Wide receiver Jordy Nelson remains the favorite target for quarterback Aaron Rodgers, especially in the red zone and against zone defenses. Nelson may not have the same explosive speed that he did earlier in his career, but the 32-year-old is an extremely smart football player whose connection with Rodgers feels preternatural. In other words, Nelson is going to get his yards and touchdowns. But the biggest threat in this year's receiving corps is depth. Through four games the Packers have four different leading receivers — Randall Cobb for 85 yards against Seattle, Davante Adams for 99 yards against Atlanta, Geronimo Allison for 122 yards against Cincinnati and Nelson for 75 yards against the Bears — and there's nothing to suggest the trend won't continue. The Packers are fortunate to have four receivers capable of exploding in any given game, and that doesn't even count Bennett and Kendricks, who are integral figures as well.

4. Run game limiting

The Packers' offense has been sluggish, and the big reason beyond obvious injuries is their lack of running game.

That’s not a knock on Ty Montgomery. He has been what he is: an unconventional tailback who makes as many plays — if not more — in the receiving game as he does on the ground. Montgomery has been productive in his own way, and his special versatility is what separates him from other running backs.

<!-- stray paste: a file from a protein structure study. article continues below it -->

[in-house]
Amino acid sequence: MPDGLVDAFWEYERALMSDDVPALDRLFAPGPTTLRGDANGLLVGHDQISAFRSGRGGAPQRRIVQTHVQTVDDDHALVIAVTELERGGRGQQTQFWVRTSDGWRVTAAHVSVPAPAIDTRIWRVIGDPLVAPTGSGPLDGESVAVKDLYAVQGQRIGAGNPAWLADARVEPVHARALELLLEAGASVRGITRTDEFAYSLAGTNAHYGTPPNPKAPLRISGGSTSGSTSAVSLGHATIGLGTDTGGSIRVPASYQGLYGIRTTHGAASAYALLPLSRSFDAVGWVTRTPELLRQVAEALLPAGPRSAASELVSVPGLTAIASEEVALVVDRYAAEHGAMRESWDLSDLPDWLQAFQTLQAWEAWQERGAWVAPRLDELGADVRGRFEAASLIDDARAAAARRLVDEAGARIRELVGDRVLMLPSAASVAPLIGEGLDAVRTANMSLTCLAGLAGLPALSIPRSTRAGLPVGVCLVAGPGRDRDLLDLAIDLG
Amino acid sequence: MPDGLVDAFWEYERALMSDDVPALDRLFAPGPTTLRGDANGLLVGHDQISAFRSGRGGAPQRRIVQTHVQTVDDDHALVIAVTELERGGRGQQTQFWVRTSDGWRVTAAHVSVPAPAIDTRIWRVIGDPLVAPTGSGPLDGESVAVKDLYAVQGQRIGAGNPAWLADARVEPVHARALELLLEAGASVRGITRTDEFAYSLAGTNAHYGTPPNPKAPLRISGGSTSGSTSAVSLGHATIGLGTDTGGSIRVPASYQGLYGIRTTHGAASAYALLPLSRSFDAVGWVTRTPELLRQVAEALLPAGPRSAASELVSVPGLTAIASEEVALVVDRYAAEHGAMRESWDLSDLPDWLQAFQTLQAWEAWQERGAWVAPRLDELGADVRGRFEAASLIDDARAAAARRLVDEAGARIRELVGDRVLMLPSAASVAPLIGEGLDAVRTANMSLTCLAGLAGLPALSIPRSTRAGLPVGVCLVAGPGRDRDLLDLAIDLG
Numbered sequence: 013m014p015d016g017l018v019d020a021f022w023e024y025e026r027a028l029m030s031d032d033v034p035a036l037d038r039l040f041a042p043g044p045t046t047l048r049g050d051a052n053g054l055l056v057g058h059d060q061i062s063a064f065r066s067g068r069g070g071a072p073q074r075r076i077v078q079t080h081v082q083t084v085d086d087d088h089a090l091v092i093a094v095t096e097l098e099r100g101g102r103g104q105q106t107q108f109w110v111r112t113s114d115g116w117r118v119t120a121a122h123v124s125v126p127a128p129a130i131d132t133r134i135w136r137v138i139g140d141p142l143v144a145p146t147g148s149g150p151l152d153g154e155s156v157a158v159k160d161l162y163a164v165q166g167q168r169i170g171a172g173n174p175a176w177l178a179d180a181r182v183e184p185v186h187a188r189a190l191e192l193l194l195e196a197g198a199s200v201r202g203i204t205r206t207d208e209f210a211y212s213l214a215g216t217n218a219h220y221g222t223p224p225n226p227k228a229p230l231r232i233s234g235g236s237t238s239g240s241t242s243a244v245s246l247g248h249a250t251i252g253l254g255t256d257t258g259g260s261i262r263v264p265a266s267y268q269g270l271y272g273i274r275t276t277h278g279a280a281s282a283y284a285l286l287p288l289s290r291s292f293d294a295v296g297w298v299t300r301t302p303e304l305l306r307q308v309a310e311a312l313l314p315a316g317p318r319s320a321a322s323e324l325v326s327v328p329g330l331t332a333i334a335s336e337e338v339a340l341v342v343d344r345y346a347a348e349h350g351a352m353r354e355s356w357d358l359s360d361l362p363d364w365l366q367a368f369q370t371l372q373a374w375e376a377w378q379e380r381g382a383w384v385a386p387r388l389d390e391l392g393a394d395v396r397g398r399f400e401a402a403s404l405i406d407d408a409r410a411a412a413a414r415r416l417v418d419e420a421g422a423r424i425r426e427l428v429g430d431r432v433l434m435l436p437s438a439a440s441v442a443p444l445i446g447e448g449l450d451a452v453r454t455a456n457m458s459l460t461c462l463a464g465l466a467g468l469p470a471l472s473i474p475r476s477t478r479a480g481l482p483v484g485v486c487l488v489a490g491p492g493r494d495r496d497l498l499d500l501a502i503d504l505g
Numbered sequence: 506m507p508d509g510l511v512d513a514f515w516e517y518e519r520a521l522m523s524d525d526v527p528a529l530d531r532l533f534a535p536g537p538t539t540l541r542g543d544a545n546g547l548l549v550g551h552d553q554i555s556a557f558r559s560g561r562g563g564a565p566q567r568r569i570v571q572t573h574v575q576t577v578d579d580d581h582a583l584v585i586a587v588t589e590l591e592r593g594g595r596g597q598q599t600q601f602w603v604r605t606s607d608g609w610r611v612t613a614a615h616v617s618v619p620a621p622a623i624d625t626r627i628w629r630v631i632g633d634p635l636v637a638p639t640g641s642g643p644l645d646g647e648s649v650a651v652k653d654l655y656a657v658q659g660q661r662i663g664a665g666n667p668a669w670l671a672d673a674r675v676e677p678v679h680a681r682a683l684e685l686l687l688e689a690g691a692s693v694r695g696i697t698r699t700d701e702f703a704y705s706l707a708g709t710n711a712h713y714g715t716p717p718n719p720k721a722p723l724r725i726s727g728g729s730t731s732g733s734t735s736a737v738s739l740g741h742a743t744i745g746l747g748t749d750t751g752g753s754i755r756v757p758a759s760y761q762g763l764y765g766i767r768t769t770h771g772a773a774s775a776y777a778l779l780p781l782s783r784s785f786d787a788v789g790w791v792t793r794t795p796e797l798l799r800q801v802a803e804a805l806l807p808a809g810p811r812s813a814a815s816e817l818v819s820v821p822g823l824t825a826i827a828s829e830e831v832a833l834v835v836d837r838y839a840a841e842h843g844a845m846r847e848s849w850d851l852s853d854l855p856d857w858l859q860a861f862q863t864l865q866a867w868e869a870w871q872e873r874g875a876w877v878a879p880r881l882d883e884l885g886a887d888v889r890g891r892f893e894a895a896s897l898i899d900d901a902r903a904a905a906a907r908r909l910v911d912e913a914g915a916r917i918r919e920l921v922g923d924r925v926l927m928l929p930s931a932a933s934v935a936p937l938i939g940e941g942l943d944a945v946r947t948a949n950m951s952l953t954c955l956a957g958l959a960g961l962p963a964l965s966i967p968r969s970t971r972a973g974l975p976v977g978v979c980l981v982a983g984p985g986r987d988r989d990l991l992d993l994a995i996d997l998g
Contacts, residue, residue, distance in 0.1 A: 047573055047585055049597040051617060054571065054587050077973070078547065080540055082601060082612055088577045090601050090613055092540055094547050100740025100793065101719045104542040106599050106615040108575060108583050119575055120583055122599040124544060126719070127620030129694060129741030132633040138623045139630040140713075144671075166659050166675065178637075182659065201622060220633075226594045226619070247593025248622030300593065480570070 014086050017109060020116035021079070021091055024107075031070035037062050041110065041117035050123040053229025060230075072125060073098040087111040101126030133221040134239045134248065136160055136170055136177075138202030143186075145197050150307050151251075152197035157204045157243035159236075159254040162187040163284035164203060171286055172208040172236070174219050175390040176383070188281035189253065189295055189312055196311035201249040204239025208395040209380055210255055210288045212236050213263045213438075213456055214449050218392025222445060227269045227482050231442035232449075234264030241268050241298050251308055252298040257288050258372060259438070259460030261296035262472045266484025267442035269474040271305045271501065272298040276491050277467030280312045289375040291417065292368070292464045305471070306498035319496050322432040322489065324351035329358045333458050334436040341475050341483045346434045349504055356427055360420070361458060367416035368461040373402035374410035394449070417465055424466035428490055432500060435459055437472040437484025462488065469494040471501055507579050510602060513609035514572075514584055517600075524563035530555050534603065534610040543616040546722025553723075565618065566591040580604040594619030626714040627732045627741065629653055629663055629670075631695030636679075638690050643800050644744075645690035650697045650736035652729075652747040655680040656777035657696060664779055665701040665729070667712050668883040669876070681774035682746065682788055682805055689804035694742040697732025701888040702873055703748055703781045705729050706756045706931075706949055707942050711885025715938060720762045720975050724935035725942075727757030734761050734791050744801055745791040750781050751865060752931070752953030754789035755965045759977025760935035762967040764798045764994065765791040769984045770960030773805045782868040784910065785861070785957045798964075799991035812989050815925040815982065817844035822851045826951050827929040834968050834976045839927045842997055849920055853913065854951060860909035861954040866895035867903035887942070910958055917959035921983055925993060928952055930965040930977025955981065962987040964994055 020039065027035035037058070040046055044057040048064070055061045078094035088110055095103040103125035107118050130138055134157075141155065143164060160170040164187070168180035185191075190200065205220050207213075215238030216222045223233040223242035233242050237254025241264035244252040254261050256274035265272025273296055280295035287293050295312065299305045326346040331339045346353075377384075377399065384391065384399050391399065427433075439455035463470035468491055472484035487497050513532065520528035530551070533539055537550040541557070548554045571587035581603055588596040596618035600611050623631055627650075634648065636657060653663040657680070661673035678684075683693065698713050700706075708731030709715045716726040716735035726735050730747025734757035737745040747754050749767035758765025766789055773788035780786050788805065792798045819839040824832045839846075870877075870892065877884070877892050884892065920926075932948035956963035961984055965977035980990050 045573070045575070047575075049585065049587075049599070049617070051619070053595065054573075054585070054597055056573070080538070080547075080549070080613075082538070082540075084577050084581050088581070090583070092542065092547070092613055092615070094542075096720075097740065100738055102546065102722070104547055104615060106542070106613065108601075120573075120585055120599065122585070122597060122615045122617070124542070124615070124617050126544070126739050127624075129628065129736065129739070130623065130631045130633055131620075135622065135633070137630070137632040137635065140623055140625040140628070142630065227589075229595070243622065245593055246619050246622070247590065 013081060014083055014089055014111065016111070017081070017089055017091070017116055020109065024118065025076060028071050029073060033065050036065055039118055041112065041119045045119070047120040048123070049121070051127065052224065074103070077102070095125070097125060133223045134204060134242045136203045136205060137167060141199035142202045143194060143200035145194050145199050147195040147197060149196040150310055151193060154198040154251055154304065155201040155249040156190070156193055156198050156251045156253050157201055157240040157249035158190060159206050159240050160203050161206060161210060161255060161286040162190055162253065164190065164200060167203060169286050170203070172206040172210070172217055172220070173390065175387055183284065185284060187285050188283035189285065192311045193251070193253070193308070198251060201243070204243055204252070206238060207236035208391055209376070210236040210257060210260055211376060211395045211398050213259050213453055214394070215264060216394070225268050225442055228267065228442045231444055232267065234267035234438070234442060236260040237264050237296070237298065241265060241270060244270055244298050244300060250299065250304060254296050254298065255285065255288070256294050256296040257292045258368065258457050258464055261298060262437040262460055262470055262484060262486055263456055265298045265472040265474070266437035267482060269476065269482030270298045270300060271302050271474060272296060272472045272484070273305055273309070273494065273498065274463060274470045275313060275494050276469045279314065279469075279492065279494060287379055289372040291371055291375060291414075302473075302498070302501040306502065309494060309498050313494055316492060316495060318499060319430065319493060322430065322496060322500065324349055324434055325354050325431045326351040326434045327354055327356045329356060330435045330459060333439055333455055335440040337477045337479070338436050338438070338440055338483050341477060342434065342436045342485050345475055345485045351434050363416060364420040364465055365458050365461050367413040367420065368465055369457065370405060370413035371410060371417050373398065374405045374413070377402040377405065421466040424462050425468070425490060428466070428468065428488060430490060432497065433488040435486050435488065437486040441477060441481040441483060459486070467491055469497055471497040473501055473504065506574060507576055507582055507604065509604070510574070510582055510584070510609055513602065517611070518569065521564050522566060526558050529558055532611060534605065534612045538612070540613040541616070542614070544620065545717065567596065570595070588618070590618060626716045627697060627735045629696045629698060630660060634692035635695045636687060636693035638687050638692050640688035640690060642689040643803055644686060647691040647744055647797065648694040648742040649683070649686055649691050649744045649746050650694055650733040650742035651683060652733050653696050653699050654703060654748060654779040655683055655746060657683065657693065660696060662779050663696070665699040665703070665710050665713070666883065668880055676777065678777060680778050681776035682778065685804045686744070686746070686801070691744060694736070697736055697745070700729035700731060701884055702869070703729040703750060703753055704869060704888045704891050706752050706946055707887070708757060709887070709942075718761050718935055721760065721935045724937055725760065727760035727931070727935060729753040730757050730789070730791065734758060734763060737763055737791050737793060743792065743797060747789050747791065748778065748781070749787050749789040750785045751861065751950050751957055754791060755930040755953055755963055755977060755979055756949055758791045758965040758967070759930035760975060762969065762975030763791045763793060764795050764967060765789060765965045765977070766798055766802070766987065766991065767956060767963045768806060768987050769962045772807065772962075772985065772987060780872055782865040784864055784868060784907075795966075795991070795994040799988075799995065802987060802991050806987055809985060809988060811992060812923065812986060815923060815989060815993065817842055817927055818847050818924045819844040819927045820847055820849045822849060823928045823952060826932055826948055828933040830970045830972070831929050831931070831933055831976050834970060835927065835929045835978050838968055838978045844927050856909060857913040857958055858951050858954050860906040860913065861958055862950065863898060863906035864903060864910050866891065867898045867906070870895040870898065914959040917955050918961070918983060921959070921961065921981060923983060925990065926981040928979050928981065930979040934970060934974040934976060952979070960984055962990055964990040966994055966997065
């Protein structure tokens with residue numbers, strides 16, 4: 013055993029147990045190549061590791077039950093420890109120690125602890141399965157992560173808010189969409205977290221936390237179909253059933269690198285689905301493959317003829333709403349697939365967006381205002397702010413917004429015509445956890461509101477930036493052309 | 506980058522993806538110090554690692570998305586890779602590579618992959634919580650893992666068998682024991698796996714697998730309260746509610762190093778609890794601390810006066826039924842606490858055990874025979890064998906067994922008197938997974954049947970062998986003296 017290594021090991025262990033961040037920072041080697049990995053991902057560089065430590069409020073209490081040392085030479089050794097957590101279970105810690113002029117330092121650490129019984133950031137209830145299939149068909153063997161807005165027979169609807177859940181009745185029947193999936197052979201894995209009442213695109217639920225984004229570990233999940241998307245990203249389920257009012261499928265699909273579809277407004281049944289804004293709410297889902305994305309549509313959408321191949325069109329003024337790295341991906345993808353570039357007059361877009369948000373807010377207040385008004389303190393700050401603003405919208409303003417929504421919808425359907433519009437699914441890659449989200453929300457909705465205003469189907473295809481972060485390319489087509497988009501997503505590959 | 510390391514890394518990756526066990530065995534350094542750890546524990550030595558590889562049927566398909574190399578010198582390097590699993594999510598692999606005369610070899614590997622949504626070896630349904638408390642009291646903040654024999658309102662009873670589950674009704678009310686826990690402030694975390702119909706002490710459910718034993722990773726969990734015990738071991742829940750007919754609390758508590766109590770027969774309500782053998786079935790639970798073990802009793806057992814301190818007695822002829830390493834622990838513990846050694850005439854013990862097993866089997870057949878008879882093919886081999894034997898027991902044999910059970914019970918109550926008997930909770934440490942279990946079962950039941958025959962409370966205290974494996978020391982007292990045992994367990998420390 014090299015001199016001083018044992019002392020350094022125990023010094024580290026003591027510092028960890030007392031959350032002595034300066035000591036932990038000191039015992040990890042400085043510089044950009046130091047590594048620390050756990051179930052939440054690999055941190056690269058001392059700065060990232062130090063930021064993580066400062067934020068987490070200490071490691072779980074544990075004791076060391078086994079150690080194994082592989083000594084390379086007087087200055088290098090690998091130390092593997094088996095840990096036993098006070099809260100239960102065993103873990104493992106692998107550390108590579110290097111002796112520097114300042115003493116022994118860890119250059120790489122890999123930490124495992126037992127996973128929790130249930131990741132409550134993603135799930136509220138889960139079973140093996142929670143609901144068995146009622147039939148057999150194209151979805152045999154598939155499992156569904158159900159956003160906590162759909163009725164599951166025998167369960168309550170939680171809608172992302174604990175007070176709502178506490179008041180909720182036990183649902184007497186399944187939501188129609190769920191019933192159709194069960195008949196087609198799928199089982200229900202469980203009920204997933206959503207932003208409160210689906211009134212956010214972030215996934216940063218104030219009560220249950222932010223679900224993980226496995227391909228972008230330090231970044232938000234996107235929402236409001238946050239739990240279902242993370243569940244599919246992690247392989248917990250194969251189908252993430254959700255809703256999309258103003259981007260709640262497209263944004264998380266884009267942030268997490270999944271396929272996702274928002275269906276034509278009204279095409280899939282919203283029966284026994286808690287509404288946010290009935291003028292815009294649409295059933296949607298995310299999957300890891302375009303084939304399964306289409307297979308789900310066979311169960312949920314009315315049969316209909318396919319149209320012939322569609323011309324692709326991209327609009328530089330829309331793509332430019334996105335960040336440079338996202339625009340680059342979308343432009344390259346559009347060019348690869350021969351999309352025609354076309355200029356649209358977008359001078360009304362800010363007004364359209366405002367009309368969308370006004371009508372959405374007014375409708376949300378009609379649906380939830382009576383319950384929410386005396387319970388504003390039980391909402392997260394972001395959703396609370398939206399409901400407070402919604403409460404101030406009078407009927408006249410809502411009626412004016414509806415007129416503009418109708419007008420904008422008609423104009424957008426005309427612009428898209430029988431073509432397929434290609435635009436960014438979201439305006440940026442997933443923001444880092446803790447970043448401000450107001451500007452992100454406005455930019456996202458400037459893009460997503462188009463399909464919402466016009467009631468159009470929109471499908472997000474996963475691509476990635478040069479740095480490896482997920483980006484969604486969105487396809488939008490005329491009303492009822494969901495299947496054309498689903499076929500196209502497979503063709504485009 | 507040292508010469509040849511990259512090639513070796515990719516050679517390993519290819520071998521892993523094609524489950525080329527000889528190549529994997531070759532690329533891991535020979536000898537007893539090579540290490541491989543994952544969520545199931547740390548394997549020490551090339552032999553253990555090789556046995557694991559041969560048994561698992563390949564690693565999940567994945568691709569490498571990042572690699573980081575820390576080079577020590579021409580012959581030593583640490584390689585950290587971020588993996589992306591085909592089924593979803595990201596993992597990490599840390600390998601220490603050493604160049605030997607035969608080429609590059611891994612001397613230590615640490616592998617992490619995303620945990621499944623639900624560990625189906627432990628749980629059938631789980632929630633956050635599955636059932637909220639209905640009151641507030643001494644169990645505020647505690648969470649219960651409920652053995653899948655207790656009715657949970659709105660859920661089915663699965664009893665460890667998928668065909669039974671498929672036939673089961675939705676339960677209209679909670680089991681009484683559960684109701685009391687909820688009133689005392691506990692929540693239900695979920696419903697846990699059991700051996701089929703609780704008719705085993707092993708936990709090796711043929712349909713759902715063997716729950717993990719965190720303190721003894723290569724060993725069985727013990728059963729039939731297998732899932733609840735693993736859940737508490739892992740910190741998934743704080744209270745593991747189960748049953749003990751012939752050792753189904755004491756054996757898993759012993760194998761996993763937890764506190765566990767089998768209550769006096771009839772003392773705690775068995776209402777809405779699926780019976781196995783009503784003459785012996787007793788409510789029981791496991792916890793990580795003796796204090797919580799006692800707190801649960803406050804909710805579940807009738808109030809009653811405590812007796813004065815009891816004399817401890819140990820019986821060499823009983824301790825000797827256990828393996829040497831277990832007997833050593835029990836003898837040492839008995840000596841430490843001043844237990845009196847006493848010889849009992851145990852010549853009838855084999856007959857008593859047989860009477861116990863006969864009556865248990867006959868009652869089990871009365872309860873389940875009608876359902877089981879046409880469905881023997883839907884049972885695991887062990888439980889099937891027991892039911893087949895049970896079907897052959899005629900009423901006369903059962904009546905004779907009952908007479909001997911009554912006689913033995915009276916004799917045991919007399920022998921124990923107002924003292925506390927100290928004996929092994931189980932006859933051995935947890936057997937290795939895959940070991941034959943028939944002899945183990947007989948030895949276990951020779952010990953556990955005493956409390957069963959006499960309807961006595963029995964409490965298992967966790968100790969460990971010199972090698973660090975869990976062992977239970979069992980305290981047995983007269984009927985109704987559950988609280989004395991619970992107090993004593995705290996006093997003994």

But the Packers have to find a way to get more on the ground, especially behind a starting running back like Montgomery. At the season’s quarter pole, they are on pace to have the worst rushing offense in Mike McCarthy’s 12 seasons as Packers coach.

Entering Sunday, the Packers ranked 26th in the league with 74.5 rushing yards per game. They have averaged fewer than 100 rushing yards per game in a season only twice under McCarthy, and never fewer than their 97.4 yards per game in 2011. They finished 27th in rushing that year, the only time under McCarthy they’ve finished worse than 26th.

It’s not like the Packers have played the NFL’s best rush defenses through four games. Atlanta and Chicago ranked eighth and ninth in the league, respectively, entering Sunday but Seattle and Cincinnati ranked 30th and 25th against the run. No, the lack of production is a problem the Packers must fix, and it starts with getting more from their rookies.

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5. Nitro defense delivers

If not for Kentrell Brice missing a game because of injury, the Packers would have four safeties ranking among their top 11 defenders in snap count. It’s a testament to the depth they have at that position, but also reflects just how committed they are to the “nitro” package that gets more safeties on the field.

Their shift to a predominantly three-safety defense doesn’t come without sacrifice. A year after having one of the NFL’s top-10 run defenses, the Packers have dropped 10 points to No. 18 in the league with 111 rushing yards allowed per game. It’s a trade they’ll gladly take, because more defensive backs on the field has meant a much tighter pass defense. The Packers entered this weekend seventh in pass defense allowing 188.5 yards per game after plummeting to 31st last season with 269.3 yards per game.

Smaller, faster defensive personnel will make the Packers less stout against the run, but if the reward is this much improvement in pass coverage, the nitro defense will be here to stay.